Available mortality data, combined with what we know of industry and FWS study methodologies, strongly suggest that the wind energy industry is actually killing over 200 eagles a year in California. Many of those being killed are the fledged offspring from the remaining nest sites in the Central District, while others migrate into the area from other Great Basin regions to the north and west: parts of California, Nevada, Oregon and Idaho. This estimate does not include eagles killed because of turbine-related nest failures nor eagles killed further south at other California wind projects in eagle habitat.

The FWS currently estimates that the golden eagle population in California is around 2,000, and that the Western U.S. supports a stable population of about 20,722 golden eagles. However, the active and successful nest site data from BLM surveys indicates that the golden eagle population is declining and there are now fewer than 500 golden eagles in the entire state. [1] A reasonable explanation for these inflated numbers is that the FWS population estimates correspond neatly with the Eagle Conservation plan, which allows 5% of the eagle population to be killed each year by wind turbines.                                

The fallout from this contrived data is that the wind industry is being allowed to legally kill 1,036 golden eagles a year from a rapidly declining population.

Getting Accountability from the Interior Department and Wind Industry

On October 30, 2013, the Fish and Wildlife Service  announced a public comment period for the Shiloh IV wind project as follows:

The mission of the U.S. Fish and Wildlife Service is working with others to conserve, protect and enhance fish, wildlife, plants and their habitats for the continuing benefit of the American people. We are both a leader and trusted partner in fish and wildlife conservation, known for our scientific excellence, stewardship of lands and natural resources, dedicated professionals, and commitment to public service.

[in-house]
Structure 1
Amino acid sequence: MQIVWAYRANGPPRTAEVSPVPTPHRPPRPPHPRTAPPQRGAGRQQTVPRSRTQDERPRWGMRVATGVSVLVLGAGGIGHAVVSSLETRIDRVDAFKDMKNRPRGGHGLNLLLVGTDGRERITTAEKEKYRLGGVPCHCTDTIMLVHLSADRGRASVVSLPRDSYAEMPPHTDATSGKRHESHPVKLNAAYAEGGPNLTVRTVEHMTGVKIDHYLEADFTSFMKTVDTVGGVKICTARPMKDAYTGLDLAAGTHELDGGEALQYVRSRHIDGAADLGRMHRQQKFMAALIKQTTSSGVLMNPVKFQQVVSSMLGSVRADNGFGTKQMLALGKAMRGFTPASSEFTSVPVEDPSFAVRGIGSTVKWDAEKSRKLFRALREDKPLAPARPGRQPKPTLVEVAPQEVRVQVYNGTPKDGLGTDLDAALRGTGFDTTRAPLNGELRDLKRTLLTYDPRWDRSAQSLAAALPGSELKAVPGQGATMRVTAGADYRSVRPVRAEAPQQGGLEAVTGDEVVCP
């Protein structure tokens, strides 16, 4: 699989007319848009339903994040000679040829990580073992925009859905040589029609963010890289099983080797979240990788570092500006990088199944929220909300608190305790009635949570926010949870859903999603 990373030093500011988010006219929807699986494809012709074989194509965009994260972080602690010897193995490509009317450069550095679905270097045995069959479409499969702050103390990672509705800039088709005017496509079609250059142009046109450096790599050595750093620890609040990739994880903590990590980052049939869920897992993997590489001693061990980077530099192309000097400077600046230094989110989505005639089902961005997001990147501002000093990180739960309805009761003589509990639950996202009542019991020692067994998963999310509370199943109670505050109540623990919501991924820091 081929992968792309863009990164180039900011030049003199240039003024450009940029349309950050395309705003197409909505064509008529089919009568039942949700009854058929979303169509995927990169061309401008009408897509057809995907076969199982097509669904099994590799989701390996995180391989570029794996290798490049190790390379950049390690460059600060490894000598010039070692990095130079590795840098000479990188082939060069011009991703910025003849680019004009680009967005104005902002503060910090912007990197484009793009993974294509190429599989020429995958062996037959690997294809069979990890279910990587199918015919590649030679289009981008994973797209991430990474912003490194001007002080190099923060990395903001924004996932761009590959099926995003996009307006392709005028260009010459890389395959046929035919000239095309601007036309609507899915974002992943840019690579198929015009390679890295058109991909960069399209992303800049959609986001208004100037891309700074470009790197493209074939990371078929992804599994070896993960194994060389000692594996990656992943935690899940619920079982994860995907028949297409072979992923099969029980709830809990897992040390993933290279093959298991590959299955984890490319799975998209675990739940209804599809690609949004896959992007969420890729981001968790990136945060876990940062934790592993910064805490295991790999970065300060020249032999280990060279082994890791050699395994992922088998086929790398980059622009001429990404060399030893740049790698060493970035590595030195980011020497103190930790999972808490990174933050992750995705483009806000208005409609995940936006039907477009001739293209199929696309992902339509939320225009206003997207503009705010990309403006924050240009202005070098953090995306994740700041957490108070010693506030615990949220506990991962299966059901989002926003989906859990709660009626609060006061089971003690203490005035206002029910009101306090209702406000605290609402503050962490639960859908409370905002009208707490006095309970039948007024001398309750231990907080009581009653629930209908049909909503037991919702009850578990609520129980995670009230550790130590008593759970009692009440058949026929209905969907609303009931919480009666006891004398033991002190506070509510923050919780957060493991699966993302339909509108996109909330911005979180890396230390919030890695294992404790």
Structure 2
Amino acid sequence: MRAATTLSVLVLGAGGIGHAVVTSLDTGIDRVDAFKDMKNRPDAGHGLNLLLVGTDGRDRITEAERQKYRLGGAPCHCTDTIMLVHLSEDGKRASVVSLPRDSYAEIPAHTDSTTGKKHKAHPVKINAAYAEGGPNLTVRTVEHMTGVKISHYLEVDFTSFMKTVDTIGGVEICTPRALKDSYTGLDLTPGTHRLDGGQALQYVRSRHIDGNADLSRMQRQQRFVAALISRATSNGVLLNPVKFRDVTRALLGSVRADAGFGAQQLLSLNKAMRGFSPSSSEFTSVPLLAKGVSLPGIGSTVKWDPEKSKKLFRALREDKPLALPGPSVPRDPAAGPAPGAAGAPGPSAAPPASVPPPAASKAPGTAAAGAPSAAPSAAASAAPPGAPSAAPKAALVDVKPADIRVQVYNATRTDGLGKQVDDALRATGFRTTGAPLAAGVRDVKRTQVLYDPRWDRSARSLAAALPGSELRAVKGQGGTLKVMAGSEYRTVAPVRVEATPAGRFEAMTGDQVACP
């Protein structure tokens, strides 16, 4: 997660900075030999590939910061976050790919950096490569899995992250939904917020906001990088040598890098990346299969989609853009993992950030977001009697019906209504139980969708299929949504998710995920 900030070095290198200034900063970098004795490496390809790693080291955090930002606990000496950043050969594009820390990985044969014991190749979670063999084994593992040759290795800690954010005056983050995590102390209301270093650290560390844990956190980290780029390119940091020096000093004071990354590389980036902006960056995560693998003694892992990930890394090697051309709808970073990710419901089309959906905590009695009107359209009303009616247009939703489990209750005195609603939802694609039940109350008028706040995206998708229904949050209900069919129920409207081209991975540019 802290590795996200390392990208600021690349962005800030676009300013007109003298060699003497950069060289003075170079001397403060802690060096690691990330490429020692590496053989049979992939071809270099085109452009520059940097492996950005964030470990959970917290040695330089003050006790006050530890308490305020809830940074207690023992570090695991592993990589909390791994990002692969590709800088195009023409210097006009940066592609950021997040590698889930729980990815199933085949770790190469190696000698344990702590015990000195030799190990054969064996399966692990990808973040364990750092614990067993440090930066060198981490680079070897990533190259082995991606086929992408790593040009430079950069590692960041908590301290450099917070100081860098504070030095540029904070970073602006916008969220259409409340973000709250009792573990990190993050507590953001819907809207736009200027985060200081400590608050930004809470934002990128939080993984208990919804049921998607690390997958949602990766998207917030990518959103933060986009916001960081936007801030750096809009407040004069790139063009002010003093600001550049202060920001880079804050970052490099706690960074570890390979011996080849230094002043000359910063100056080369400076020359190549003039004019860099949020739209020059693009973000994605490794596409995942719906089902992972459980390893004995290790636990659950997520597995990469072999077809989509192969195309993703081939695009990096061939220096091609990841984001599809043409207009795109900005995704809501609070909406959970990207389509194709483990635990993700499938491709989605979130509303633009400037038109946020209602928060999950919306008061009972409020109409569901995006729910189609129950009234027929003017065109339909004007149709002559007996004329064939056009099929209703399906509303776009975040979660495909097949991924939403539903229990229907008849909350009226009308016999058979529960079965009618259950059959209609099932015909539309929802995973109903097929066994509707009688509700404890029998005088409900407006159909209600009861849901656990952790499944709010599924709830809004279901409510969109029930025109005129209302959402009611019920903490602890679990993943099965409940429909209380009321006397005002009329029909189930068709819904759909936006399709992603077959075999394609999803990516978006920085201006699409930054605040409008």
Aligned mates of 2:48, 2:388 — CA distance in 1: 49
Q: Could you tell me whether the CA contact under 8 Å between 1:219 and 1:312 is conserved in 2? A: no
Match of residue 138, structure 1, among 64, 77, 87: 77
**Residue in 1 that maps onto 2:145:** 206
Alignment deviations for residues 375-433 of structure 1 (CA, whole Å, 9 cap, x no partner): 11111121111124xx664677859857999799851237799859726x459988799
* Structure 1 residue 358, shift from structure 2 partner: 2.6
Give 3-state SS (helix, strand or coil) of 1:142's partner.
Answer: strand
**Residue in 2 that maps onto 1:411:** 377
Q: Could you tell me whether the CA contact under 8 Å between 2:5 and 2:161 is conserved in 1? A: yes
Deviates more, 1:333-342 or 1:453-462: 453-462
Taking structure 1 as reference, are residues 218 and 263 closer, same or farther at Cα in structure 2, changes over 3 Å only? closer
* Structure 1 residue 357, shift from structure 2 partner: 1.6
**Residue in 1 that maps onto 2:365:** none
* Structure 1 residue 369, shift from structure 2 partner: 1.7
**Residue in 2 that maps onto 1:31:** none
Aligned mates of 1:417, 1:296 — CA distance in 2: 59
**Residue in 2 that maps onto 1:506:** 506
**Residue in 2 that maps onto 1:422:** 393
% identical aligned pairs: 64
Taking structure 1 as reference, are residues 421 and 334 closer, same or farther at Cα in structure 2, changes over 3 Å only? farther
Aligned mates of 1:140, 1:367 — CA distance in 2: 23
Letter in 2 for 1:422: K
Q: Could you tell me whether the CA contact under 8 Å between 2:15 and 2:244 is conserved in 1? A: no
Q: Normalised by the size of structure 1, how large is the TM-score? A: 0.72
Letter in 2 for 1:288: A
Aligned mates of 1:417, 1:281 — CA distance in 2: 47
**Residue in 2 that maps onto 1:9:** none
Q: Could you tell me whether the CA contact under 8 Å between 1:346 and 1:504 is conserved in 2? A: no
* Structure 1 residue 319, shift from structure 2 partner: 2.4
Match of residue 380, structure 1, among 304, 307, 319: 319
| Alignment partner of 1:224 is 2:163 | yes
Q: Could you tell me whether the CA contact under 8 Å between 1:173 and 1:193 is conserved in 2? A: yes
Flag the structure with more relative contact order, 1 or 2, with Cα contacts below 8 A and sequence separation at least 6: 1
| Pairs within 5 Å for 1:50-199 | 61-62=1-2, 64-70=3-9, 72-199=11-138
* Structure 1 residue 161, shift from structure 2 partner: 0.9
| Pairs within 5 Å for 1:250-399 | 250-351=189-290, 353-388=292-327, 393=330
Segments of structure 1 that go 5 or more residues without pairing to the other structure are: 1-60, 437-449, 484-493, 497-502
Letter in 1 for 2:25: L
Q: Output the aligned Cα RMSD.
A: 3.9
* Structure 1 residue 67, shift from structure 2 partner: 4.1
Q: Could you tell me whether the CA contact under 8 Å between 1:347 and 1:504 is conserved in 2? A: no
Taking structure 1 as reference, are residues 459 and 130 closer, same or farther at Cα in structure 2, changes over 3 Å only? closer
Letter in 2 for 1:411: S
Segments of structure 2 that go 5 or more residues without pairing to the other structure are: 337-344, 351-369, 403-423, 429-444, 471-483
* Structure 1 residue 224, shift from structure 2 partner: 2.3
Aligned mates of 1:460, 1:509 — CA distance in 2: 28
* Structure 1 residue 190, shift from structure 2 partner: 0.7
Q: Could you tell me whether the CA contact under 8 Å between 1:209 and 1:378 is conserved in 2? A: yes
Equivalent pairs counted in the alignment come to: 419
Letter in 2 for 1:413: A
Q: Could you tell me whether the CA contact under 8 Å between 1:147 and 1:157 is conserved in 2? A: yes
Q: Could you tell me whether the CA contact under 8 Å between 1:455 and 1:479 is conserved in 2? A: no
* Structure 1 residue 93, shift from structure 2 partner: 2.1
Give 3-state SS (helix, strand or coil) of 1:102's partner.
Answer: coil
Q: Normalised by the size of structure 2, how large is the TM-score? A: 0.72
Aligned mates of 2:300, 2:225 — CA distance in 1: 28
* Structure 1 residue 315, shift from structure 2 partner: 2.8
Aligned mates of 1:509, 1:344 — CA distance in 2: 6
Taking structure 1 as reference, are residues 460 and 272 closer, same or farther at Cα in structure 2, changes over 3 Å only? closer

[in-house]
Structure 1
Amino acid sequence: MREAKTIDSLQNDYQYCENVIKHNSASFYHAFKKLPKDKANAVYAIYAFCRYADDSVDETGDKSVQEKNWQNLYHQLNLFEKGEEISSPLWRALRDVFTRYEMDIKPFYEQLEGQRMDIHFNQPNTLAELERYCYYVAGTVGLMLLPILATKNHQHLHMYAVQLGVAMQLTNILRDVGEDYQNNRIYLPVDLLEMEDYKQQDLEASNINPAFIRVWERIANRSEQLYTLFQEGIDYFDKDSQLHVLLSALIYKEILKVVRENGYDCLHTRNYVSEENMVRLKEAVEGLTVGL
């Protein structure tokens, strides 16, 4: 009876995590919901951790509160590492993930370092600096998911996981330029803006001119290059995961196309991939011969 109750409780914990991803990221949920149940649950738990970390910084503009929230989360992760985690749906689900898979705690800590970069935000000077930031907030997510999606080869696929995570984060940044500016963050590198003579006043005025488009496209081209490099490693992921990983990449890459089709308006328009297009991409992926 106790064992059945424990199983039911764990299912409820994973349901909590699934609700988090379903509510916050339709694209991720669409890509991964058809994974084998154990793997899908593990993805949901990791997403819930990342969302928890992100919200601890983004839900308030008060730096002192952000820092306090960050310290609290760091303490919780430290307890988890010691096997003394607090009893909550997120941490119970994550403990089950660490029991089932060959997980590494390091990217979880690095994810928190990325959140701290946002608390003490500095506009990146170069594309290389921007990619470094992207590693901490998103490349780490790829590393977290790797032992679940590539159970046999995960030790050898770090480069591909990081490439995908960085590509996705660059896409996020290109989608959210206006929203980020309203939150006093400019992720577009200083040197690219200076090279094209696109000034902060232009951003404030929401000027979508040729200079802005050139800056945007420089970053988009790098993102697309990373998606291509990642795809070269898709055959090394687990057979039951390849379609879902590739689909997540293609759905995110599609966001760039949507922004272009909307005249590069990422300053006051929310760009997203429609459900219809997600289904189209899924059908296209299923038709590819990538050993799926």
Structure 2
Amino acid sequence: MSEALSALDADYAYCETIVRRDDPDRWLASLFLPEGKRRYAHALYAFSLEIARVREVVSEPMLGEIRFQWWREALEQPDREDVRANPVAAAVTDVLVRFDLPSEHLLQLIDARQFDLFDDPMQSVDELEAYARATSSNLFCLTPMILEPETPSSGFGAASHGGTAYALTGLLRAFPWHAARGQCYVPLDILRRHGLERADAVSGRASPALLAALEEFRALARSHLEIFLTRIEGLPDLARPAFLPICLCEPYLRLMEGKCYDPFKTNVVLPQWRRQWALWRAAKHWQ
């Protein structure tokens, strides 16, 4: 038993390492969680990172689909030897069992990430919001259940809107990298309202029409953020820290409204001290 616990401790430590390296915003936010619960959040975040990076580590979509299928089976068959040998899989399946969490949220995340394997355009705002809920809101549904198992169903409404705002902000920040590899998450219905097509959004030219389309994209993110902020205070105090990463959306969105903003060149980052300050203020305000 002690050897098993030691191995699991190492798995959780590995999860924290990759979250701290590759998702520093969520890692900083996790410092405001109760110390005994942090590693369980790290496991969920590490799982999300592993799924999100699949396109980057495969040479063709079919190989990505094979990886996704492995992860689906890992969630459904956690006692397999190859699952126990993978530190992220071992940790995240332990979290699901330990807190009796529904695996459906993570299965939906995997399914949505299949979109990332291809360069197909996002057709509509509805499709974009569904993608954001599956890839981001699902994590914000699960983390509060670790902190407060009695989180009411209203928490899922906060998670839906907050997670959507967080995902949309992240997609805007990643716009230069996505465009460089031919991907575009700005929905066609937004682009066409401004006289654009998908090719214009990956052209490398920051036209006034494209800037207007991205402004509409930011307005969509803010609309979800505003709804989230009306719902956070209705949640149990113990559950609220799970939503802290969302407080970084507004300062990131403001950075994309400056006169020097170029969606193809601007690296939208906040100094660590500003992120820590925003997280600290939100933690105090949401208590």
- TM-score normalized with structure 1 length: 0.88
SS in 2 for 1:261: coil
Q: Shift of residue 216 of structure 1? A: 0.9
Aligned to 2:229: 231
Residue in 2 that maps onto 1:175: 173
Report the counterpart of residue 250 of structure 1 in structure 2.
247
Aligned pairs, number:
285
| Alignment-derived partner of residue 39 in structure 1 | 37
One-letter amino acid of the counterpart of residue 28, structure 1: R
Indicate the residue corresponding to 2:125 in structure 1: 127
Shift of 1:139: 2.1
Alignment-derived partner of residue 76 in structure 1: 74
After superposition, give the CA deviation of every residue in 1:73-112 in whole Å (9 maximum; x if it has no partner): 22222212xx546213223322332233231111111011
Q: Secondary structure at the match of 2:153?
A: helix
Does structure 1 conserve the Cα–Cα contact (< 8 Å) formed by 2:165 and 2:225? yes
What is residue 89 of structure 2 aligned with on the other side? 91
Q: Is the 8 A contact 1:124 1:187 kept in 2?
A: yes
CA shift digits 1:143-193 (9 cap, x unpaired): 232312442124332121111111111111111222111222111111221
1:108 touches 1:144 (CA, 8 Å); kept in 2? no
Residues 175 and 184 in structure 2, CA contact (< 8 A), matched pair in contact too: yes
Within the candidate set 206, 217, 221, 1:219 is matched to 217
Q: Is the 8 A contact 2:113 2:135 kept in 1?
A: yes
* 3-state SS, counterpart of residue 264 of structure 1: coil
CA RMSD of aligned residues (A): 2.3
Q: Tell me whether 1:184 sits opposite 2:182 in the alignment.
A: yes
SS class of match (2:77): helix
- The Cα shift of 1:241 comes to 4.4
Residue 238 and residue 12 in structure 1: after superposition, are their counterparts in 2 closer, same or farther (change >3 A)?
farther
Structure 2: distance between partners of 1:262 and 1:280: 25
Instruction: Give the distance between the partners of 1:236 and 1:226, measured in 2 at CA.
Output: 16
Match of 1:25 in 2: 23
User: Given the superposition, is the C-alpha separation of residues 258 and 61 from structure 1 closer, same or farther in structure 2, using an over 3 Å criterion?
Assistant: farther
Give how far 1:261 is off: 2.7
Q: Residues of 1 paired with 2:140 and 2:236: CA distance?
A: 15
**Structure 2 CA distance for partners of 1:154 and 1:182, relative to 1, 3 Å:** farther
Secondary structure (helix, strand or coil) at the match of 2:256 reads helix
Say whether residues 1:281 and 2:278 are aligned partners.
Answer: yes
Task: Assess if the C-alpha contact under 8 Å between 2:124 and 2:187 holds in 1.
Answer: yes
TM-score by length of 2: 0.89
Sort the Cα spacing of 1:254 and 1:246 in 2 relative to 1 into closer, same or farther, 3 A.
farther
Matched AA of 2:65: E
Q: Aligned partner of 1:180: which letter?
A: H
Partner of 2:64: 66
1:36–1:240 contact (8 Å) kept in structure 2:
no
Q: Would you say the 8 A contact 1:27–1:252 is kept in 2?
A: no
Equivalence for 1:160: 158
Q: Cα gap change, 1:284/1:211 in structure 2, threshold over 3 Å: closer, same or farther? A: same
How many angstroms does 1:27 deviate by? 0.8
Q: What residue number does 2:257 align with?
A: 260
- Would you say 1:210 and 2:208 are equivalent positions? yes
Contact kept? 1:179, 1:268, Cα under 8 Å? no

The terrible reality is this. This self-laudatory statement is simply not true. California’s golden eagle population has not been close to 2,000 for at least 20 years. The wind industry is killing far more than 100 eagles annually in BLM’s Central District alone. And the Fish and Wildlife Service’s Eagle Conservation Plan is a giant charade put forth for public consumption.

How can this problem get fixed? The fact is, it may never be fixed, because the Interior Department, wind energy industry, environmental organizations, and local, state and national politicians are all committed to policies that emphasize eliminating fossil fuels and falsely proclaim that hydrocarbons are being replaced with wind, solar and other renewable energy. In this perverted context, protecting eagles (and other birds and bats) is only a distant secondary consideration.

As impressive as these entities might want to make renewable energy appear, the growth in wind and solar power cannot possibly replace traditional energy sources, or keep up with the growth in energy demand. Nor can it be reconciled with its unsustainable impacts on vital wildlife species.